Would you encourage a young person to teach? Most would not, poll says

Not even one in five Americans —just 18%, in fact—say they would recommend students become educators.

Administrators grappling with teacher shortages may not like this news: Few Americans would recommend a K-12 teaching career to a young person.

Citing low pay, a lack of resources and a stressful work environment, not even one in five Americans —just 18%, in fact—said they were likely to advise a student to become an educator, according to a poll just released by NORC at the University of Chicago, a think tank. Nearly half of the respondents said they were “not at all likely” to recommend teaching for a litany of reasons, also including threats to physical safety and lack of respect for the profession.

There are an estimated 300,000 open teaching positions in U.S. schools, according to media reports. “This poll echoes the common challenges school districts have had in hiring and retaining teachers for decades,” said Jenny Seelig, a research scientist at NORC at the University of Chicago. “Concerns about teachers’ physical safety at work and factors related to the pandemic echo challenges for work environments beyond teaching.”

White and wealthier Americans were less likely than Americans of color to say they would suggest teaching as a career path. Here are the top 10 “major barriers” the survey’s respondents said are standing in the way of a teaching career:

  1. The pay is too low
  2. Schools do not have enough resources to meet student needs
  3. The workload is too high
  4. The stress is too high from dealing with students
  5. The stress is too high from dealing with parents
  6. Teachers are not physically safe at school
  7. The stress is too high from dealing with school administration
  8. Factors related to the pandemic
  9. Teaching is not a respected career
  10. They had a negative school experience as a student

More than 1,000 Americans in all 50 states responded to the survey, NORC says.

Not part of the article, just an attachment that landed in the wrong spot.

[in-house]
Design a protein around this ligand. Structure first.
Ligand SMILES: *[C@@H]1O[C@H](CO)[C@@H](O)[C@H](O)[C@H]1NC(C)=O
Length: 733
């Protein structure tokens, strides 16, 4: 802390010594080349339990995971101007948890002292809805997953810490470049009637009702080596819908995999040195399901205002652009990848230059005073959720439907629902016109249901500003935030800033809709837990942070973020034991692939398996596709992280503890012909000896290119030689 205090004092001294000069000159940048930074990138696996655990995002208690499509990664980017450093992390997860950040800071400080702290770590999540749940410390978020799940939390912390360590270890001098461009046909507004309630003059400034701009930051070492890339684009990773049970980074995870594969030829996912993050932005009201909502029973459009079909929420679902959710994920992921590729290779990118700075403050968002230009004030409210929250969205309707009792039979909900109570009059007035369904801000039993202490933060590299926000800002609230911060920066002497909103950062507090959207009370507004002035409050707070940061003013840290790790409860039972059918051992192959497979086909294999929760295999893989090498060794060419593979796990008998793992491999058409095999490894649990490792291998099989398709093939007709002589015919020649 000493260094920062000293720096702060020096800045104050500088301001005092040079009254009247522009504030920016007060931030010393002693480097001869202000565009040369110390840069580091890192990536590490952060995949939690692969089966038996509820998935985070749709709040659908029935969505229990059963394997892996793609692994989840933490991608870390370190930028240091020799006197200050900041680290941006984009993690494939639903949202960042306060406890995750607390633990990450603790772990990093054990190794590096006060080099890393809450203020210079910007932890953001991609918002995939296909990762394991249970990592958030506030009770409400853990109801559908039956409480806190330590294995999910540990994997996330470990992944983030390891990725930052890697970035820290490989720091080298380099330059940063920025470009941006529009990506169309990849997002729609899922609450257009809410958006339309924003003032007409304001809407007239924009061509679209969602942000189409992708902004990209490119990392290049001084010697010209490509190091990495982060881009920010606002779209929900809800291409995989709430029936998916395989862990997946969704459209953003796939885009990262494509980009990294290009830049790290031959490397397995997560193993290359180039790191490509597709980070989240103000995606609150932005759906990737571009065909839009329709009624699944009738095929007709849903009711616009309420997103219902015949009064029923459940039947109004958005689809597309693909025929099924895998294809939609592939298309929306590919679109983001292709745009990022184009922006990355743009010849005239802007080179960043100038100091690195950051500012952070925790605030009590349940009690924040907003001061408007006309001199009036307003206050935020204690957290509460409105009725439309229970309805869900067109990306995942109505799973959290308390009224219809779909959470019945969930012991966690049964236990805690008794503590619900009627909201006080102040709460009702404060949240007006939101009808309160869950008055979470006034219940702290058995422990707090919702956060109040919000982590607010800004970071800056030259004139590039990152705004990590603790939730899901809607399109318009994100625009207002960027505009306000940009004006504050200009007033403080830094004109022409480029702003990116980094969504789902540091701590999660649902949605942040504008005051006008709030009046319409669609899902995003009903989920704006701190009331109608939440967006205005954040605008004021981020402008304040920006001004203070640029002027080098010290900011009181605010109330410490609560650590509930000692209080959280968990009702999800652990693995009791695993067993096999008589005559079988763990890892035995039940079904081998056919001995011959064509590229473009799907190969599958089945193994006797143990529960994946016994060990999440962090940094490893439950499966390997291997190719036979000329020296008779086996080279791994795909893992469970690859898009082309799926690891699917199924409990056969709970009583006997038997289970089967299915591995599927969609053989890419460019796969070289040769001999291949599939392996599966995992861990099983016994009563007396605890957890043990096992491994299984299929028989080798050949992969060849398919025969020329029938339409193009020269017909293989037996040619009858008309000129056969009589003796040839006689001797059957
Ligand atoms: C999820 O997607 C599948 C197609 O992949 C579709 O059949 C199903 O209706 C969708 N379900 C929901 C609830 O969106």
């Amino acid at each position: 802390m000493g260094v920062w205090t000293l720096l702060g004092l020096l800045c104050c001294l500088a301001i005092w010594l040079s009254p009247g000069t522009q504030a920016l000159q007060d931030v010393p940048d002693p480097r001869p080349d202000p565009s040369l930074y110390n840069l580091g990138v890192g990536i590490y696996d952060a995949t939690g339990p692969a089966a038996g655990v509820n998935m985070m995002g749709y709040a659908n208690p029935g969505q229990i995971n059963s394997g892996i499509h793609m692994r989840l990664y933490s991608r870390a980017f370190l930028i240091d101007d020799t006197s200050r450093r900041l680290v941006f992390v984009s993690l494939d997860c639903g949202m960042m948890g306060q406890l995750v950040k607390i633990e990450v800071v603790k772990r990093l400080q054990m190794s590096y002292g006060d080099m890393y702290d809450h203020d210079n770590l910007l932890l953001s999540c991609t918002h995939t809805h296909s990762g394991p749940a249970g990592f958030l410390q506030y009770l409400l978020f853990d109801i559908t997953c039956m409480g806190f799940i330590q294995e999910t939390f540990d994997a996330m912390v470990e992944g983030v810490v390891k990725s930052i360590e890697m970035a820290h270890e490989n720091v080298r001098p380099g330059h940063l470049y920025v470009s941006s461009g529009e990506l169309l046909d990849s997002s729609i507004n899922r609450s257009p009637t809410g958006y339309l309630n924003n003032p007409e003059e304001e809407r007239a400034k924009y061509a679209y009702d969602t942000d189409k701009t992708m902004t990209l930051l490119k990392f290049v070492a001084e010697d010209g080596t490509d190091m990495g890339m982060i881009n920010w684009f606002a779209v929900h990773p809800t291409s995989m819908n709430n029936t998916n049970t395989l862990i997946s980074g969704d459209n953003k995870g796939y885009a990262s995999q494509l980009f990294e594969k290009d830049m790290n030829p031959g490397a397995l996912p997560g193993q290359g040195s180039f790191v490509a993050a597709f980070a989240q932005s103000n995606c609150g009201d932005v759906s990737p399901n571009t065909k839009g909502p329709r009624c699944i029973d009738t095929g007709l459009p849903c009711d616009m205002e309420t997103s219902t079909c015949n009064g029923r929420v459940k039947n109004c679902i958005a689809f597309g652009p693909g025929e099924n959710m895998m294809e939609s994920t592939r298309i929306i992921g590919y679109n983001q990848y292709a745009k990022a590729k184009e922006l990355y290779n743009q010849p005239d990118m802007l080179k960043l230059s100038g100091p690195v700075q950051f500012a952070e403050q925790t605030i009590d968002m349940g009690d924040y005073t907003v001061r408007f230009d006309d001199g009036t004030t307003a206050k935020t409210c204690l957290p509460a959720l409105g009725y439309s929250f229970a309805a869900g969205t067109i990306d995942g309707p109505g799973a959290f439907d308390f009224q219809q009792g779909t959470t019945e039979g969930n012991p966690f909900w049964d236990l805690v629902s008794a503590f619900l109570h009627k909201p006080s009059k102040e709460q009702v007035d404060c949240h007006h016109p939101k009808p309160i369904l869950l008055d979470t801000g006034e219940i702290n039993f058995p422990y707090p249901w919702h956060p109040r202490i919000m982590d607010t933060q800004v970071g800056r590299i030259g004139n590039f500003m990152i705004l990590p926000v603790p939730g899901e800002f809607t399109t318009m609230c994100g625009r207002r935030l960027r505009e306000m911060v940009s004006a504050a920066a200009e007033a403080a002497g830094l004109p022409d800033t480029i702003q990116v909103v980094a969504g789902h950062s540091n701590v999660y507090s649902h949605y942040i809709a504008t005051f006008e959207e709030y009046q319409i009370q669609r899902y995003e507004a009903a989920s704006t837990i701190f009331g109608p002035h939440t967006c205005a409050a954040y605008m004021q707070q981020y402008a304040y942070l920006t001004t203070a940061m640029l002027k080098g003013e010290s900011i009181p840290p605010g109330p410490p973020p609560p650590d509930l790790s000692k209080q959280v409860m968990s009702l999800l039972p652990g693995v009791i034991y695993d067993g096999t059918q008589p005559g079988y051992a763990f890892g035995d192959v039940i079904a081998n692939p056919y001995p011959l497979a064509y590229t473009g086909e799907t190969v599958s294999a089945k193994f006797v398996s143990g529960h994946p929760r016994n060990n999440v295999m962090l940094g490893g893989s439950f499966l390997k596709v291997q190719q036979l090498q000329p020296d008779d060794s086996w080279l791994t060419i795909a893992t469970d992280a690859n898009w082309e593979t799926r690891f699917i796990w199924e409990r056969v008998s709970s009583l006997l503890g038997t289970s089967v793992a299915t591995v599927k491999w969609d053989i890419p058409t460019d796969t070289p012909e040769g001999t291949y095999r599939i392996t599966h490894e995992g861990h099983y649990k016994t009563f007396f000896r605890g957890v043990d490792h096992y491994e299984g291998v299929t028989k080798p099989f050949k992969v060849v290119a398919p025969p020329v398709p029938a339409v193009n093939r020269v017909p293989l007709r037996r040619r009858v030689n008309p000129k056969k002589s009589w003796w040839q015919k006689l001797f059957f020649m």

Elevating teaching careers

Job search giants ZipRecruiter and Indeed are stepping in to help the Biden administration attempt to tackle the nation’s teacher shortage, the White House announced Wednesday.

More from DA: Ranking all 50 states on highest teacher pay shows the pinch of inflation

ZipRecruiter is launching an online K-12 job portal designed to showcase openings for teachers, nurses, guidance counselors, social workers, mental health counselors, librarians, and other roles. ZipRecruiter is also offering to post open positions for free. Indeed will organize virtual hiring fairs for teachers, administrators, counselors, and other staff. Participating organizations will get access to the company’s free suite of tools to manage the hiring process, from postings to interviews to job offers.

The White House also announced Wednesday that The Pathways Alliance, a coalition of public and private organizations working to diversify the educator pipeline, is developing guidelines to help states and districts establish high-quality teacher apprenticeship programs.

Matt Zalaznick
Matt Zalaznick
Matt Zalaznick is a life-long journalist. Prior to writing for District Administration he worked in daily news all over the country, from the NYC suburbs to the Rocky Mountains, Silicon Valley and the U.S. Virgin Islands. He's also in a band.

Most Popular